The Bishnoi believe in protecting nature and we were taken to a lake where they feed the Demoiselle Cranes that come from Central Asia for the winter. The birds were rather distant for photos so I’ve included a shot from the similar, but much larger feeding station at Bikiner some distance to the west, where the cranes can be found in their tens of thousands.

 

We returned to the hotel that evening but the following day was worst of the trip. The flight to Delhi was in the early afternoon which would have given us time to do some sightseeing on arrival, so in the morning we had a bit of a lie in followed by another visit to the Clock Tower markets (where once again Margaret would be asked to pose for a selfie with the locals). Then we headed to the airport in the late morning and said our goodbyes to the very capable driver Mehaz. Before we left he reminded us of the three requirements for driving in India – a good horn, good brakes and good luck! Once through security we found there was a major delay with the flight and we spent six or more hours in a tiny departure lounge that was hot, crowded and very noisy due to a loud security scanner and lots of babies. We finally arrived at our hotel in Delhi late in the evening where decided to skip dinner and get straight to bed. It was the only hiccup of the trip and completely outside the organiser’s control.

 

I’ll conclude with a photo of the wonderful Jaswant Thada taken with on a telephoto setting from the fort of Mehrangarh.

The eighth and final post will deal with our time at the wildlife reserve of Sultanpur Jheel near Delhi and some of the monuments within the city itself.

Mongolia part 1 – Ulaanbaatar, Gun Galuut and the Khentii Mountains: 18th-22nd May 2018   Leave a comment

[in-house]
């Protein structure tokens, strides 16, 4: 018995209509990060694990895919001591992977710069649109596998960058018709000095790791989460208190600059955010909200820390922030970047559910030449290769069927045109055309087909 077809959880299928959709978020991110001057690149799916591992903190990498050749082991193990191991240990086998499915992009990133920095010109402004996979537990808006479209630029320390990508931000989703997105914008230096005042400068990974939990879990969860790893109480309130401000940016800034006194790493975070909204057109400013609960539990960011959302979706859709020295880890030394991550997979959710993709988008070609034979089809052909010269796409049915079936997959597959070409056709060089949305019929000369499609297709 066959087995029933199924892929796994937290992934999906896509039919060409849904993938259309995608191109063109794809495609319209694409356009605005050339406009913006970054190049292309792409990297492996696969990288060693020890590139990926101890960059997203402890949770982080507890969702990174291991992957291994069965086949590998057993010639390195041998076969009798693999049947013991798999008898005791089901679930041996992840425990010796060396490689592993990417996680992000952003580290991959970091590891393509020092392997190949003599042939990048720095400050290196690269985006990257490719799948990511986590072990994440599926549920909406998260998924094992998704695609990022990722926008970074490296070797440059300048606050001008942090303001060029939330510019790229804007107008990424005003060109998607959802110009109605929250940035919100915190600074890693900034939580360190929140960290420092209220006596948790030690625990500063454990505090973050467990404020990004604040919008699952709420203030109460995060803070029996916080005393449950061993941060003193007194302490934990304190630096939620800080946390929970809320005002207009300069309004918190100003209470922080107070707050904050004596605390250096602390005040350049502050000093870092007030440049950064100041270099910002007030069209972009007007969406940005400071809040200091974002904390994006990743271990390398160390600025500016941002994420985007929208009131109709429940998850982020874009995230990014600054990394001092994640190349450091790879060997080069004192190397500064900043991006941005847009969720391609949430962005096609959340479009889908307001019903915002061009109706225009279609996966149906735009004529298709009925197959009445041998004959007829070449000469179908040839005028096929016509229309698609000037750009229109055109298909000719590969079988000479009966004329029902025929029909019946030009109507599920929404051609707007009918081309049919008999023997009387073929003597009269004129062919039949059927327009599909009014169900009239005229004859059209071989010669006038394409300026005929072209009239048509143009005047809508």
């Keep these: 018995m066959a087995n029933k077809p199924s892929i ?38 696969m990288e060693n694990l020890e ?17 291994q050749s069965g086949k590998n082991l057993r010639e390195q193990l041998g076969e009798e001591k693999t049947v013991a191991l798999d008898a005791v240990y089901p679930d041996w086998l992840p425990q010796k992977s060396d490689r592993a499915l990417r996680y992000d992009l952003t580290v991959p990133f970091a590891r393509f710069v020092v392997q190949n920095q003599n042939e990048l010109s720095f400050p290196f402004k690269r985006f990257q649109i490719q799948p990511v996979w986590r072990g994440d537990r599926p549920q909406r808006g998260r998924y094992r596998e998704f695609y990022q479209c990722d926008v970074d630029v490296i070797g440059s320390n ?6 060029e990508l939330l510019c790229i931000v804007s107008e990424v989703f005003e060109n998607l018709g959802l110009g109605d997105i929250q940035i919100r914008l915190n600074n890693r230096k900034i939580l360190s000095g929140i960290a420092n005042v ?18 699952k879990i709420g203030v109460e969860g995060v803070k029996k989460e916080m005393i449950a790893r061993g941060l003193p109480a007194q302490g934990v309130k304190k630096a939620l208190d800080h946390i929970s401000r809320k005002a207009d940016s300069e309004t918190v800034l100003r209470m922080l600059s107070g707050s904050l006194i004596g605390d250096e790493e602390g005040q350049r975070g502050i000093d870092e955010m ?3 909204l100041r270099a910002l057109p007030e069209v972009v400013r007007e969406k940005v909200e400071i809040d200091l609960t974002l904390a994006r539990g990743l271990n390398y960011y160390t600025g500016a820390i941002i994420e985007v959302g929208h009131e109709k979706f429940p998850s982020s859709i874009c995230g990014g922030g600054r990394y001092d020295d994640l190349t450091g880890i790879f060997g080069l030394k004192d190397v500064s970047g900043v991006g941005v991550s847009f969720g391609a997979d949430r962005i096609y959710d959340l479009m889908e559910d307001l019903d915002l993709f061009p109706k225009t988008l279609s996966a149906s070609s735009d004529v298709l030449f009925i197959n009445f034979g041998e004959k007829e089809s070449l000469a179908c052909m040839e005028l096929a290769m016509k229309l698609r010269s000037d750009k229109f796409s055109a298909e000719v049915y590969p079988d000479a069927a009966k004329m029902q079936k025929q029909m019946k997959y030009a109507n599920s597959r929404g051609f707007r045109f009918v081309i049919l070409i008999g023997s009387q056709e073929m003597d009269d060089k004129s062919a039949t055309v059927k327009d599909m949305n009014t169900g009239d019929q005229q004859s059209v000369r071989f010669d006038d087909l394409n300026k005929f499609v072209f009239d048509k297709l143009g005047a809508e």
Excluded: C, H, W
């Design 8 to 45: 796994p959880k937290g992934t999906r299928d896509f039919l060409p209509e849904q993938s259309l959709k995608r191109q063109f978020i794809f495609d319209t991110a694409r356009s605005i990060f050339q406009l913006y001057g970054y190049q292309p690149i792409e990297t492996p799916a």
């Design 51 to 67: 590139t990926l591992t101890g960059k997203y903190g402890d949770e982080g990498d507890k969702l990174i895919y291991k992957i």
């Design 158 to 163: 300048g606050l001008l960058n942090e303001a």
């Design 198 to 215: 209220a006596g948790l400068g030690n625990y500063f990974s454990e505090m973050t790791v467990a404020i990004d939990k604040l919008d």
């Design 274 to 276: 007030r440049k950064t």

As I said in my last post my blog has been resurrected and as well as catching up with my more recent travels I intend to go back and post more about trips that I didn’t cover previously.

The most obvious example of this Mongolia, a country I have been wanting to visit for decades but have never got round to. The wide open plains and deserts, high mountains and forests have always appealed but as I have travelled more and more in Asia the number of new birds that I would get on a trip to Mongolia declined to a mere seven (and I only got to see five of those).

What finally made my mind up to go was the fact that I had been targeting birds that had occurred in the UK. I was never going to see all of the 618 bird on the British List in the UK itself but I’d have a go at seeing all (but the two extinct ones of course) somewhere in the world. By 2018 there was just one left, Red-throated Thrush. The only accepted British record was of one that spent nine days at  the Naze in Essex in autumn 1994. Due to work commitments I couldn’t go until the Friday night of the 9th day. Of course it had gone by the morning. Mongolia represented my best chance of seeing this species so in 2018 I finally decided to go. I’m so glad I did.

Mongolia is a landlocked country in east Asia and in spite of its size of 1.5 million km^2 it is only bordered by China and Russia. It is the most sparsely inhabited sovereign state in the world with a population of only 3.3 million half of which live in the capital. There is little arable land and most of the terrain is desert, steppe or mountainous. 30% of the population still lead a nomadic lifestyle. This gives it a population density of just 2/km^2 compared to 432 in England. Our tour took us first north-east to the Khentii Mountains, then back to Ulaanbaatar then due south into the Gobi Desert. After visiting sites in and around the southern Altai with passed through the Khangai Mountains before passing through Ulaanbataar to revisit the Khentii Mountains.